Despite these concerns, an increasingly complex set of responsibilities and requirements has been laid at the feet of state and local education leaders over the last decade, with little regard to their overall capacity. When the Obama administration introduced its Race to the Top grants in 2009, questions and concerns about capacity began with the application process, which was complicated, labor intensive, and focused heavily on the collection and use of data. After the grants were awarded, many states still struggled to meet their ambitious goals. Implementation studies from multiple sources highlighted state and local capacity as a significant hurdle toward progress.  

Adapting to a new normal 

It is hard to criticize the intentions behind ESSA’s evidence-based approach to school improvement. For too long, policy makers and the public have lamented the resources spent on strategies that yielded little or no results. Decisions about policy and practice should be rooted in evidence, but state and local leaders must have the access, training, and support they need to actually use it effectively. The state and district leaders CEP interviewed contrasted their “lean” staffs with the “big lift” of ESSA’s evidence requirements. SEAs are being asked to play a new kind of role, one that is more focused on supporting and guiding district and school leaders about evidence use and school improvement. For many state department employees, that kind of support and assistance is a far cry from their prior compliance mind-set. State officials, many with little or no expertise in research methods, data management, or the multitude of new products and interventions that are being marketed to them, are trying to figure out how to provide guidance and technical assistance, a job that was once managed at least in part by the U.S. Department of Education.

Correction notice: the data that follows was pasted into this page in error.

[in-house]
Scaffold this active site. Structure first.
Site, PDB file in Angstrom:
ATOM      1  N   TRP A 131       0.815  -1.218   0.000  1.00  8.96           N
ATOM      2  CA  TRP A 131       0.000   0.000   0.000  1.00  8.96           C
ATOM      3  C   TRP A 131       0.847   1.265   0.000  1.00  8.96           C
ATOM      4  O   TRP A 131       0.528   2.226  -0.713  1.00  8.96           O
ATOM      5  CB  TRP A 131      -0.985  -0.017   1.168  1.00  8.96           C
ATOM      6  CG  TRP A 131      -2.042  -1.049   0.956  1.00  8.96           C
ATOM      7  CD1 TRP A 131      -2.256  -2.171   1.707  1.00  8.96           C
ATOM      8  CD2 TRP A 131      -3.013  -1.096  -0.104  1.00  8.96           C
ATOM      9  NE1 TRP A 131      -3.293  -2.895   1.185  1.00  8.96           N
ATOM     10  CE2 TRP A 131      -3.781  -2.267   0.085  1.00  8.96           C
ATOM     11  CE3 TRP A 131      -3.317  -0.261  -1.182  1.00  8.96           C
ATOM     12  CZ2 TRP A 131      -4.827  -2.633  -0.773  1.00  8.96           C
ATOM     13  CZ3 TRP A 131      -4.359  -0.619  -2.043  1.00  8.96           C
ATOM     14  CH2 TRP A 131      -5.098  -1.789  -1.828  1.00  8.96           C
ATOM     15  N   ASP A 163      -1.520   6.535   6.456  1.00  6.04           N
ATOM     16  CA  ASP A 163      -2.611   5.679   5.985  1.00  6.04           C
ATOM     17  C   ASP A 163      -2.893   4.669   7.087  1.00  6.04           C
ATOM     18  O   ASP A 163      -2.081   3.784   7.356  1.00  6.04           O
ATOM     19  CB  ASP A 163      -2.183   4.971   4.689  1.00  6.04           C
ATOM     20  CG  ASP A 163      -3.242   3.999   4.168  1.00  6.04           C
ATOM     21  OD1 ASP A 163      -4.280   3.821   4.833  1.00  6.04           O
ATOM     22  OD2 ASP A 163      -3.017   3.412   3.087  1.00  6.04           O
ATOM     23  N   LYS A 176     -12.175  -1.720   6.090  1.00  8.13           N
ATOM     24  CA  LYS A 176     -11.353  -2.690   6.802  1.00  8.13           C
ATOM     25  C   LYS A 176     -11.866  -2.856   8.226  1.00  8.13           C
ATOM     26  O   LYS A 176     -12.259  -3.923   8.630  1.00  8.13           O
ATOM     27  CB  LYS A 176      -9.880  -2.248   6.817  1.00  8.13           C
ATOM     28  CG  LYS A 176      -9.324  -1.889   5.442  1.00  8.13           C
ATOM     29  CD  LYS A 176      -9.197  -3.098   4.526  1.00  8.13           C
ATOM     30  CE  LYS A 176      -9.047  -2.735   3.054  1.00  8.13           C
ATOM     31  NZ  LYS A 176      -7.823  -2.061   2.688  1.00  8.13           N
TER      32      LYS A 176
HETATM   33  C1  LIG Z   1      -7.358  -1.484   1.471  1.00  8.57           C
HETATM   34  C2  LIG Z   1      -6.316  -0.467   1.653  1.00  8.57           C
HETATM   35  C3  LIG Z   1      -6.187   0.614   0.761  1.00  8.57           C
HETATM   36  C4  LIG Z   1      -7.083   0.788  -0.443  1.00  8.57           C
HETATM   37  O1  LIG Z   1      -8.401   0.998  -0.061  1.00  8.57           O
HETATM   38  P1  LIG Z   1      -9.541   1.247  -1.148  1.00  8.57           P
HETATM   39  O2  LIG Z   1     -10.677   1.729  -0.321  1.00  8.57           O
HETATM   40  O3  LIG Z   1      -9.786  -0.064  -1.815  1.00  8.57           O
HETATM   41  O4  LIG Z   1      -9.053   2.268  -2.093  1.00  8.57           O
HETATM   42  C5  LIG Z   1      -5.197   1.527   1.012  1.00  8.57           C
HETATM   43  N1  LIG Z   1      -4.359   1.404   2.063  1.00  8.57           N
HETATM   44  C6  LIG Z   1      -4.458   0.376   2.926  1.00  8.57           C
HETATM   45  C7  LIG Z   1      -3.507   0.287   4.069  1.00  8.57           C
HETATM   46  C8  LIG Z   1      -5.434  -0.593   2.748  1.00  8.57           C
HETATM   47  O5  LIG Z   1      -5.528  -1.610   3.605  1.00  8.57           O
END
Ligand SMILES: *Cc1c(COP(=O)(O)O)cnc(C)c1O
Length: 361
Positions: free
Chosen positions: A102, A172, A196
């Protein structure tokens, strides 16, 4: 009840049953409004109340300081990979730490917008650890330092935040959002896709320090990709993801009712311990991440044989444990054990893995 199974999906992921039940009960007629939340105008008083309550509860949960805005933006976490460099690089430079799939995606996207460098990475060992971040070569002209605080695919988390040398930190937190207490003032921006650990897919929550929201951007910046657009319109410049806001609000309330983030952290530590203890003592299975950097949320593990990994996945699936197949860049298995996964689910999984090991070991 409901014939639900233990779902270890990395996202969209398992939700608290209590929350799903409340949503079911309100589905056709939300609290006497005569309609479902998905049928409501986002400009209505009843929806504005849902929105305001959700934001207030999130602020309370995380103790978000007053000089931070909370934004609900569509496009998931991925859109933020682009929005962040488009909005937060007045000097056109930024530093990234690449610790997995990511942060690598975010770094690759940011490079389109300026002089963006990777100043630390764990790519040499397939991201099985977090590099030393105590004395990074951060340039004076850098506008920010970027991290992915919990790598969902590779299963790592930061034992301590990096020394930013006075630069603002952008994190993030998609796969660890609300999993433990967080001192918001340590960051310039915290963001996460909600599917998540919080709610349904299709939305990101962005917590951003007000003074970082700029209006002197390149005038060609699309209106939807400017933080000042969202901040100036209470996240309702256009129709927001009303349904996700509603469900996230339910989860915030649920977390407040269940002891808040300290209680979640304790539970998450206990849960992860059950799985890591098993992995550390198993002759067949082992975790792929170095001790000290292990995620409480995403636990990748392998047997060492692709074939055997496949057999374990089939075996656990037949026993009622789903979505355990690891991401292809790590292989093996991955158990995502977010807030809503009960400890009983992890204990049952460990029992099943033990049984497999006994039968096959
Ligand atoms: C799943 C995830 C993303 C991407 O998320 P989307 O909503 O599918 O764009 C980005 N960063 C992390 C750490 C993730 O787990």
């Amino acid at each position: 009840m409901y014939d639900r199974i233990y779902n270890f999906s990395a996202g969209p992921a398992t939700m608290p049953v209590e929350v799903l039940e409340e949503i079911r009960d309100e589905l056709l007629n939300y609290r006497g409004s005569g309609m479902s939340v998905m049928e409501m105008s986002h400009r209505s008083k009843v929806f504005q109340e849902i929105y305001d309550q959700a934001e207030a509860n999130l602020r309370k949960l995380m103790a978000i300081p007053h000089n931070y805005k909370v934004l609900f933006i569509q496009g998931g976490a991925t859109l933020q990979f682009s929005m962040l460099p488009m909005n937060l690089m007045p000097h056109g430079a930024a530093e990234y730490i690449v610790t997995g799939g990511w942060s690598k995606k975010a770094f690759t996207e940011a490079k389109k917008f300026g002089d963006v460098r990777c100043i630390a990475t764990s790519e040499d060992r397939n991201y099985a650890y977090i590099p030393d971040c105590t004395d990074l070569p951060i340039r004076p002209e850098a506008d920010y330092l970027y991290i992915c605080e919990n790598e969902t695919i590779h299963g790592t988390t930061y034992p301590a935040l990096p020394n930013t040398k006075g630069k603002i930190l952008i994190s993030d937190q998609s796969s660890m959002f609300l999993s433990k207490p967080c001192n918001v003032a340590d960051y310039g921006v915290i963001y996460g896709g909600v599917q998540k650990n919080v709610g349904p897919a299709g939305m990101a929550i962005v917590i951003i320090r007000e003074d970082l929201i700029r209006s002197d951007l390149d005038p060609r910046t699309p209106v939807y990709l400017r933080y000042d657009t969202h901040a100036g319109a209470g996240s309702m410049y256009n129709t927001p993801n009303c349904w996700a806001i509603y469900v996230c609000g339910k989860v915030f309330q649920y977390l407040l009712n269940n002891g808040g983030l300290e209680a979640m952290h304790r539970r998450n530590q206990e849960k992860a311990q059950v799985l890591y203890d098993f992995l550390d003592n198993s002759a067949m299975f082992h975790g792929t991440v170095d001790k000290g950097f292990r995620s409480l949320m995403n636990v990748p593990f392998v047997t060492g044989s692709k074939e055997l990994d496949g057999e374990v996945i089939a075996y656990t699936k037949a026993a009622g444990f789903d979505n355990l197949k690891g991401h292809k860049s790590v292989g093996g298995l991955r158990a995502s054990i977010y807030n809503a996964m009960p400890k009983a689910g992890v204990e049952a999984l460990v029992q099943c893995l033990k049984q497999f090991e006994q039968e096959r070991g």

District leaders are also adapting to ESSA, trying to understand the research behind their state’s “vetted vendor” list of school improvement interventions. Districts are also having to rethink long-standing vendor relationships to ensure that the interventions they use meet ESSA’s criteria.  

Still, state departments and district leaders seem to be slowly adapting to the new normal of school improvement. CCSSO’s report points out that supporting district and school capacity to collect, analyze, and use data was a major priority for states; and CEP’s report highlights state efforts to help districts select appropriate interventions that comply with ESSA’s requirements. The Collaborative for Student Success has also looked at how states and districts are addressing equity.  

Moving forward, both federal and state leaders need to acknowledge how challenging evidence-based school improvement can be. In two short years, ESSA will again be ready for reauthorization. While it’s hard to imagine Congress doing anything in a timely manner anymore, policy makers will eventually need to consider what aspects of the law seem to be working versus those that appear ineffective. At the top of their minds should be these questions: How does the capacity of state and local education agencies affect school improvement? Do states and districts have the access and expertise they need to effectively use evidence to support decision making and practice?  

It is pointless to keep expecting state and local leaders to take on new and more complicated responsibilities without at least considering whether they have the capacity and expertise to be successful. Having a realistic understanding of what state and local leaders are able to accomplish does not have to mean lowering expectations. Nobody wants to make excuses for education leaders who are not prioritizing their students. But states and school districts stand a far better chance of making progress if they are encouraged to set ambitious goals and are given the support needed to achieve them. 

References 

Council of Chief State School Officers. (2019). State responsibilities and opportunities for school improvement under the Every Student Succeeds Act. Washington, DC: Author. 

Rentner, D.S., Kober, M., & Braun, M. (2019). State leader interviews: How states are responding to ESSA’s evidence requirements for school improvement. Washington, DC: Center on Education Policy. 

Ross, L. (2018). ESSA and school improvement: Promise to practice. Alexandria, VA: Collaborative for Student Success. 

 

Citation: Ferguson, M.V. (2019, Sept. 23) The opportunities and challenges of ESSA’s evidence-based requirements. Phi Delta Kappan, 101 (2), 60-61.

MARIA FERGUSON (mferguson@gwu.edu) is executive director of the Center on Education Policy at George Washington University, Washington, D.C.